To me pelicans have something about them that feels like deep friendship. They often sit in this typical contemplative pose, displaying peace and contentment, observing the world out of their calm eyes with dignified, friendly detachment. They don’t fight. They are content.
They have these calm eyes – wide awake and yet totally relaxed. The mysterious features of an enlightened being.
They blink, just like humans. It’s irresistibly enchanting when they look at you.
They fly unhurried, graceful, often in formation, making use of assistive air movements made by the forerunner and providing the same for the follower.
They often fly extremely low, only inches above the sea, making similar use of the cushioning so-called ‘ground effect‘ that creates a substantial boost in lift and efficiency.
Low over the water these long rows of pelicans slowly fly by. When I see their gentle collective, harmonious motion I always want to join them. There is no leader and there are no followers. Effortlessly the fluttering row moves through space in an often slowly changing direction, mysteriously aimless and yet with purpose that is completely trusted by every individual.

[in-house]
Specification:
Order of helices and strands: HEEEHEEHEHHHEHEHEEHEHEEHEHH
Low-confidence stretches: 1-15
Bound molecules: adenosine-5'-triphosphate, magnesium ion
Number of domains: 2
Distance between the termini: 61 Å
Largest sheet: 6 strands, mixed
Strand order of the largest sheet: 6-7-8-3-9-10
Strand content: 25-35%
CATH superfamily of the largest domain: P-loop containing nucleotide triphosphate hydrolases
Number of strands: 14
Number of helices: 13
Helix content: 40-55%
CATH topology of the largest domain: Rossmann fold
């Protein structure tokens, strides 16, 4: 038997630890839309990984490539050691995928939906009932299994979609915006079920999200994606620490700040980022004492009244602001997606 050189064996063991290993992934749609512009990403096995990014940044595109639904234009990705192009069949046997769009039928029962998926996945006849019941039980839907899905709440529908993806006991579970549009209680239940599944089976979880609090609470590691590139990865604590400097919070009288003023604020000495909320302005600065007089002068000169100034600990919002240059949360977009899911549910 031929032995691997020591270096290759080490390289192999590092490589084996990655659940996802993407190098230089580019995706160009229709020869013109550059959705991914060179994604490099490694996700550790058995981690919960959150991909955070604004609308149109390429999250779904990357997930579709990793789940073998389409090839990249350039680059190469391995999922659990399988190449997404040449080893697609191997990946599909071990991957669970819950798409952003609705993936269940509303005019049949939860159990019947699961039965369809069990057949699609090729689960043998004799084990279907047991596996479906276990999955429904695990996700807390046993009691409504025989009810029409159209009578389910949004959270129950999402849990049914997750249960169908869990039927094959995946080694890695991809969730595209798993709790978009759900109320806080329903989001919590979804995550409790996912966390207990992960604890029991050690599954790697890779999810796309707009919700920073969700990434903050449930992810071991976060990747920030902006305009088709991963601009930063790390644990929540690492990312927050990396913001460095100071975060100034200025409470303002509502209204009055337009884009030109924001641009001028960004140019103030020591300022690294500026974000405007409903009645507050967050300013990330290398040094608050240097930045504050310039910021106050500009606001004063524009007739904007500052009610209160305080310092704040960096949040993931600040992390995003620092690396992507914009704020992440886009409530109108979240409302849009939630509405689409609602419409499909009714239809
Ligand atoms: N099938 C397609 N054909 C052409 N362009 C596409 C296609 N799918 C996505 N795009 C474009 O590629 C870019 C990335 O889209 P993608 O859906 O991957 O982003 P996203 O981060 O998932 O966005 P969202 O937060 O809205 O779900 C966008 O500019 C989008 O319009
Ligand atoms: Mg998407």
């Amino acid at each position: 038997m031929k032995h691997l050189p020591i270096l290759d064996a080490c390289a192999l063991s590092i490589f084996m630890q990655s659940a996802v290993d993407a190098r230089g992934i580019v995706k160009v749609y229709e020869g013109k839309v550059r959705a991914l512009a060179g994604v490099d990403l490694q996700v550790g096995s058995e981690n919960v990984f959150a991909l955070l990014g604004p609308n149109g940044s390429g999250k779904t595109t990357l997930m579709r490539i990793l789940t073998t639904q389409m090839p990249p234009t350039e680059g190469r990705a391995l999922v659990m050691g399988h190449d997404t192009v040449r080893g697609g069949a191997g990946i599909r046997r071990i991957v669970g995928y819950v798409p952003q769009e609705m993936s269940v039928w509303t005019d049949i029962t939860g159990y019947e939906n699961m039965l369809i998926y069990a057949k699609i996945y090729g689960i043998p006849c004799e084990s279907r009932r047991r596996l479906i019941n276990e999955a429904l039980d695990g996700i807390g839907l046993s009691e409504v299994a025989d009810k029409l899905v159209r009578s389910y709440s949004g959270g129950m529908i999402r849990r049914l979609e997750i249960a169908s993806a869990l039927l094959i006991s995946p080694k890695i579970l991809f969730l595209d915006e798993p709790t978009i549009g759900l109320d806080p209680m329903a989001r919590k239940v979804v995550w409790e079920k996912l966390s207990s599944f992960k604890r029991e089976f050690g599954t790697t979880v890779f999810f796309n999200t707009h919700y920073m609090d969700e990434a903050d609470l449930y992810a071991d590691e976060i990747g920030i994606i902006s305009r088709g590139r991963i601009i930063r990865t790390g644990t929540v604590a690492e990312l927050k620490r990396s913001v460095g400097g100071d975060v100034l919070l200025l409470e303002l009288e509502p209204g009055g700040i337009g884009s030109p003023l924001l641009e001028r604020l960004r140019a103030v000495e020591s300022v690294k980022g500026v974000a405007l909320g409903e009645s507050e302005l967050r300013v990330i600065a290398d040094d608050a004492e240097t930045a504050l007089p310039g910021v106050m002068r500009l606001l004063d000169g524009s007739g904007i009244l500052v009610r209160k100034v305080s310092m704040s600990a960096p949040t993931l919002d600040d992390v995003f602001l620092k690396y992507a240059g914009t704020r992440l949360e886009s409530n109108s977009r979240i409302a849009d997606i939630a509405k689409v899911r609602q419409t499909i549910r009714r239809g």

‘Fiesta de los pelicanos‘
This is right in front of our “porch”.
In Spanish pelicanos is pronounced with the stress on the ‘i‘; I think this sounds somehow much more appropriate for these cheerful creatures.
They fly like gods and sit like Buddha
They are quiet; they don’t squawk and screech like sea gulls.
They love a siesta time.
When I feed them leftovers from fish-cleaning they patiently wait and don’t fight with each other. Whoever happens to get the piece I throw is the lucky one; no one of the losers resents it.
That’s how pelicans sleep. Sometimes they even turn their beak backwards and bury it between the wings.
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Klaus Baja – early December 2010